Photo illustration by John Lyman



The Shame of John Durham

Special counsel John Durham first brought his indictment of Michael Sussmann in September of 2021. Ever since then, his conduct has wavered between total embarrassment and general incompetence, with it all culminating in his first humiliating loss after a jury recently found Sussmann not guilty. Given that federal prosecutors have a general success rate of 99%, and special counsels have near-unlimited resources, the humiliation is exponential. But by all indications, it hasn’t deterred Durham, or his supporters.

In the early days of Sussmann’s indictment, conservative media treated Durham as a retributive force that was finally going to right the wrongs of the Russia investigation. However, as the trial went on, more and more people on the Right slowly came to the realization that Durham did not, in fact, have the goods. His single-charge indictment (of which there was only one witness to the supposed crime) was — it turns out — as weak as “liberal media” described.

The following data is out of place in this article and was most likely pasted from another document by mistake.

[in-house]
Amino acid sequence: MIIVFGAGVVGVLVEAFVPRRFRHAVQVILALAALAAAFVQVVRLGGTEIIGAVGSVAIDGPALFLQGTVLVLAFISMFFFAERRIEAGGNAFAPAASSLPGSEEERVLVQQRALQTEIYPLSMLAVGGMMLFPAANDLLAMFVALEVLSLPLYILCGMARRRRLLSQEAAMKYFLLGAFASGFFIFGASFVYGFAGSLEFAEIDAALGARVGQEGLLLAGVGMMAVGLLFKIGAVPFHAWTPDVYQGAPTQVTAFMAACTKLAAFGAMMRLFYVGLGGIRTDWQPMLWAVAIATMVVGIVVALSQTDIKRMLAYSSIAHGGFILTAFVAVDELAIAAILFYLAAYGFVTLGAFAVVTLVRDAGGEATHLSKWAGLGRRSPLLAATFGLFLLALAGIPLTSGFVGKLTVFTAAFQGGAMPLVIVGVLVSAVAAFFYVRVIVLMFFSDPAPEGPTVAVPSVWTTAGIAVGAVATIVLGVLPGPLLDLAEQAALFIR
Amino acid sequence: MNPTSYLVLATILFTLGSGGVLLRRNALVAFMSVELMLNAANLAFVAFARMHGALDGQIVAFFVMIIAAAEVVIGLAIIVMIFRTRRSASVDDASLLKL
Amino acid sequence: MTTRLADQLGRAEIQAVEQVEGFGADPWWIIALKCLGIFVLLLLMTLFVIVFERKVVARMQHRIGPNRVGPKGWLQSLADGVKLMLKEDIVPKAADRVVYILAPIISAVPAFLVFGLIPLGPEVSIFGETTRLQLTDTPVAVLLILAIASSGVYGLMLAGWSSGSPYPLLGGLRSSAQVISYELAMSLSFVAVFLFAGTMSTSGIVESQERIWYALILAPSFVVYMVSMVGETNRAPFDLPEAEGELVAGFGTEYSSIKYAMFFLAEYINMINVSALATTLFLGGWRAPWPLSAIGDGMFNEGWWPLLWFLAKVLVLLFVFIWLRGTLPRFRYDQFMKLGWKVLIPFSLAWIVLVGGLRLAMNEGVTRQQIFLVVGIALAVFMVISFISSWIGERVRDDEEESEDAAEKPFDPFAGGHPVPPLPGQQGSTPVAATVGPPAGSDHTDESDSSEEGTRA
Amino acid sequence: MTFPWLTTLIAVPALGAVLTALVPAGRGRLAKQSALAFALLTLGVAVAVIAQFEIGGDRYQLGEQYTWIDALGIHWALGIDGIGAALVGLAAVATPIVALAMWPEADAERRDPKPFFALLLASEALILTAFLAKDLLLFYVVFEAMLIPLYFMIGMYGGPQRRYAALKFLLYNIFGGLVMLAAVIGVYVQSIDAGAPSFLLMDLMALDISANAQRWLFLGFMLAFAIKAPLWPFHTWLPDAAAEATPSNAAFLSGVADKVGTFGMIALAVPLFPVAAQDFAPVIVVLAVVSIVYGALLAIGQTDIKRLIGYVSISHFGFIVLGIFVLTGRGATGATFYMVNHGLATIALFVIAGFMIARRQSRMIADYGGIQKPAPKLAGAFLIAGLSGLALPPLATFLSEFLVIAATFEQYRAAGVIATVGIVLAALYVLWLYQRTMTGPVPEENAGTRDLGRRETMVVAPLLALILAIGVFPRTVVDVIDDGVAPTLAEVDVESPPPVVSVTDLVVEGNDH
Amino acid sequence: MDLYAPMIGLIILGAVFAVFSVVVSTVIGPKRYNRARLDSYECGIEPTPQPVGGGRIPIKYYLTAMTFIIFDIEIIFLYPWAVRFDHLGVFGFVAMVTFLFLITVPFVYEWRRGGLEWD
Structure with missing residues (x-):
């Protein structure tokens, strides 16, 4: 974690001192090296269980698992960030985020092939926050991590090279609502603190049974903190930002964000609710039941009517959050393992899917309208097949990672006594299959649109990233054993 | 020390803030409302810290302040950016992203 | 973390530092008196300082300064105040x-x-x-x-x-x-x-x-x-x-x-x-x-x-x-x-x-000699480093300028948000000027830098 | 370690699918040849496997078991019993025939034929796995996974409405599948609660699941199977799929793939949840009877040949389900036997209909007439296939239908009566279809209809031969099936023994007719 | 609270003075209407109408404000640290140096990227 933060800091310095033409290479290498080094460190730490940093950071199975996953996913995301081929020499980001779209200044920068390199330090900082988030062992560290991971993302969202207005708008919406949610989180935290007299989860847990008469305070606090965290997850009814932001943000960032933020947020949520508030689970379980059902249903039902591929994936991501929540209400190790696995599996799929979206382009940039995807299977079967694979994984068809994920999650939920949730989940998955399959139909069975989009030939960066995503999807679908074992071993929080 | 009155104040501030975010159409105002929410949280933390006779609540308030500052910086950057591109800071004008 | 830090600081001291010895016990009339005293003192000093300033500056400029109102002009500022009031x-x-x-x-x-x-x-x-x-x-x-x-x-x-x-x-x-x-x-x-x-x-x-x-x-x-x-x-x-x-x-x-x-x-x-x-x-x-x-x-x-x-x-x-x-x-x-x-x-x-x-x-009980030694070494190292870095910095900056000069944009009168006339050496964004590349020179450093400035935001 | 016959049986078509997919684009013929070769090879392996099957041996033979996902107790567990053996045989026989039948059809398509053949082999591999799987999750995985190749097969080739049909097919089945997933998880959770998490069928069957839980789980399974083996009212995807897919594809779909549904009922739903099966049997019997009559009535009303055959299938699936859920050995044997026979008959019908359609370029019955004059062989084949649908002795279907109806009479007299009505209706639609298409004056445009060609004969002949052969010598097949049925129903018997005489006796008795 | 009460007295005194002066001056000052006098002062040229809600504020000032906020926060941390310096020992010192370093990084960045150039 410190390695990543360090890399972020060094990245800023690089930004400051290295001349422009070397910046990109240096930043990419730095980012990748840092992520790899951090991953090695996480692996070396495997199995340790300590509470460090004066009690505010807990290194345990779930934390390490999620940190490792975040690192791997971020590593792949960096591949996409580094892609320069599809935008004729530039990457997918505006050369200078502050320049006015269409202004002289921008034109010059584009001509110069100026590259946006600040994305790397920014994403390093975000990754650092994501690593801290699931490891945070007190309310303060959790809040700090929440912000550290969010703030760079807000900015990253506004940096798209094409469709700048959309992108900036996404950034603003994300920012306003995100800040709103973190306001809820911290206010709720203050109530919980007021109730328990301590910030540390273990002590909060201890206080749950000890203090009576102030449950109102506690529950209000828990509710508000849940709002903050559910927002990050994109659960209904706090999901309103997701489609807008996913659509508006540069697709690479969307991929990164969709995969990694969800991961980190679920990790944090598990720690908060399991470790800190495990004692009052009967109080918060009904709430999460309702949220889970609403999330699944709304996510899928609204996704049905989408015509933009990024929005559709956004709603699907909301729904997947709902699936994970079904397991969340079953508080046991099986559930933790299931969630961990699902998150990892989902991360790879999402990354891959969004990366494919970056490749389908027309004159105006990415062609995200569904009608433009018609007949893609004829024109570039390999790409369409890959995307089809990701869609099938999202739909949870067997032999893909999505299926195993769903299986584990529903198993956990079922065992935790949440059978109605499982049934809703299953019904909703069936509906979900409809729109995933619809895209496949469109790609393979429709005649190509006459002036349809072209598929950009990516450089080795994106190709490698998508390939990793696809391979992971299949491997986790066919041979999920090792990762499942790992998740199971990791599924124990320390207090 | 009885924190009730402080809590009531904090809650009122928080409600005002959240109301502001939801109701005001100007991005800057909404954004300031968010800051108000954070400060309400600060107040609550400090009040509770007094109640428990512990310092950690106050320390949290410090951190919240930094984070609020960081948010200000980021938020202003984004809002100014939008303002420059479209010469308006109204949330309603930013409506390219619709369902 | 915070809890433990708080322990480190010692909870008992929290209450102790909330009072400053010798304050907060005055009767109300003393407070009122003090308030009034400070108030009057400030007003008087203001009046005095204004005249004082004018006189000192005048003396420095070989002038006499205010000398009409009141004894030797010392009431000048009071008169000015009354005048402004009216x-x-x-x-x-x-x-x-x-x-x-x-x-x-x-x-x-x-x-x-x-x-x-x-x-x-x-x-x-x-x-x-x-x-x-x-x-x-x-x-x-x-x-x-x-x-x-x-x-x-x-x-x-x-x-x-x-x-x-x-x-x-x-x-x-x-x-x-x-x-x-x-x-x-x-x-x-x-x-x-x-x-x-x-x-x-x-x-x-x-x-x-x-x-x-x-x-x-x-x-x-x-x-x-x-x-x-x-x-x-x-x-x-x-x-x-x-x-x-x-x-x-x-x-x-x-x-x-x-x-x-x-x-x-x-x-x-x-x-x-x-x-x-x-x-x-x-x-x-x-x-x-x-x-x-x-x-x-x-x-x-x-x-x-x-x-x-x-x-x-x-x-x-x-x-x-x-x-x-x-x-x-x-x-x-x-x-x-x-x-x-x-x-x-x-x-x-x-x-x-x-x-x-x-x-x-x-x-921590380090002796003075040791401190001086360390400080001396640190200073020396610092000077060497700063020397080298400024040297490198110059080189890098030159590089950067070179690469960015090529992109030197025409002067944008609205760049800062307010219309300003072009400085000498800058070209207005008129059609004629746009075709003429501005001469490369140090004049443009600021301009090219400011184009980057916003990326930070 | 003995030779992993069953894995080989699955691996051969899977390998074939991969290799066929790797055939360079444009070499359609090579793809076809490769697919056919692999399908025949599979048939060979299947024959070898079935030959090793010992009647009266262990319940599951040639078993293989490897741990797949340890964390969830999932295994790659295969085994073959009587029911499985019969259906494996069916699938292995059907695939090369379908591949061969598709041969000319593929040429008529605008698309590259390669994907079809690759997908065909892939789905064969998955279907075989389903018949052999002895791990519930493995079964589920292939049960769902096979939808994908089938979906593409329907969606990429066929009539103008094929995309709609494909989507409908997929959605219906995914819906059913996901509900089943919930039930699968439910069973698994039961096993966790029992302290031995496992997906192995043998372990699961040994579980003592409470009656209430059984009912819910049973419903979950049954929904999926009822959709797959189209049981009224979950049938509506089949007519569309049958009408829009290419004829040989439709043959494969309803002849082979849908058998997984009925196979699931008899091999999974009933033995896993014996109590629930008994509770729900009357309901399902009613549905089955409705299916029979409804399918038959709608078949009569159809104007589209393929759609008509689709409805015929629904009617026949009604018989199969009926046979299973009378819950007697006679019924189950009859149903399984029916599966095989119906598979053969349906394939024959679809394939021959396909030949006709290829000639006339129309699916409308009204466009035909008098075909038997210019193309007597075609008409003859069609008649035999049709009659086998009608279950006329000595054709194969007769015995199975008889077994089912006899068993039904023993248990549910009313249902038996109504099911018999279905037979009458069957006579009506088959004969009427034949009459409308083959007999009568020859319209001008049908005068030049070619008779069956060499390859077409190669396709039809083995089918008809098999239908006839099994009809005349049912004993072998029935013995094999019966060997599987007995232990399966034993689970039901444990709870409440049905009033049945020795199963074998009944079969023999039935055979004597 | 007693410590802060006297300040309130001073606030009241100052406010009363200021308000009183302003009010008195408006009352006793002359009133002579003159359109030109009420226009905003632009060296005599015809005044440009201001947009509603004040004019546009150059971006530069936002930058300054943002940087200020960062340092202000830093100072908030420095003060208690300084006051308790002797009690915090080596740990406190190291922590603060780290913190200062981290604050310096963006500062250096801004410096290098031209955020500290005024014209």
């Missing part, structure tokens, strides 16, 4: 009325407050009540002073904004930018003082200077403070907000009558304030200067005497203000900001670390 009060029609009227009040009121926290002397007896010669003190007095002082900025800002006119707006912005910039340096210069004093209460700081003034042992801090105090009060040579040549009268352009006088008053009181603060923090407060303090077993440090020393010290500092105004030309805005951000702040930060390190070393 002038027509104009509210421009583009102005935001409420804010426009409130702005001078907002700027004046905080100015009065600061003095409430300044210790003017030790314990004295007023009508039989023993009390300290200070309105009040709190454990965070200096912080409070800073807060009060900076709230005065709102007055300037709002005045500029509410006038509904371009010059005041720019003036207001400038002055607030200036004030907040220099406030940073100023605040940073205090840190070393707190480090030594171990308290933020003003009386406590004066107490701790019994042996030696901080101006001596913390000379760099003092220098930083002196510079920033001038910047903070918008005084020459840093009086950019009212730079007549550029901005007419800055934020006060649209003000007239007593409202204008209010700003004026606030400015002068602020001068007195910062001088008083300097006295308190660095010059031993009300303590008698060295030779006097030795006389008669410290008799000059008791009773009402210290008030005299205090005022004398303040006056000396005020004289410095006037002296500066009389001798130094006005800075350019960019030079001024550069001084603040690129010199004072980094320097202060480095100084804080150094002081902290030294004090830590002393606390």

The tone then shifted, and many of those who described Durham’s case as a clear-cut win did an about-face, stating that a “not guilty” verdict was always going to be the outcome. The argument then became that it wasn’t about securing a guilty verdict but giving Durham an opportunity to tell his story: That Trump was framed by the Justice Department, the FBI, and the Democratic Party, and any allegation that his 2016 campaign coordinated with Russia was a grand conspiracy cooked up by his opponents. Durham was unable to tell that story because it is patently untrue, but it remains the almost sole justification for him continuing the investigation.

In September of 2021, the Federalist’s “senior legal correspondent,” Margot Cleveland, identified arguments about the weakness of Durham’s case as one of the “Five False Narratives” related to the indictment. She said: “While the ‘That’s it[?]’ crew hedged their coverage with passing caveats acknowledging Durham may yet come forward with more charges, they seemed genuinely convinced that would not happen. Given the details included in the indictment, that’s truly a bizarre stance to strike.”

Additional charges against Sussmann did not, in fact, come forward. Reading Cleveland’s old piece and her criticism of “liberal” commentators shows that the original weaknesses identified in Durham’s indictment were completely justified. Members of the jury in the Sussmann trial generally described it as a waste of their time.

William Barr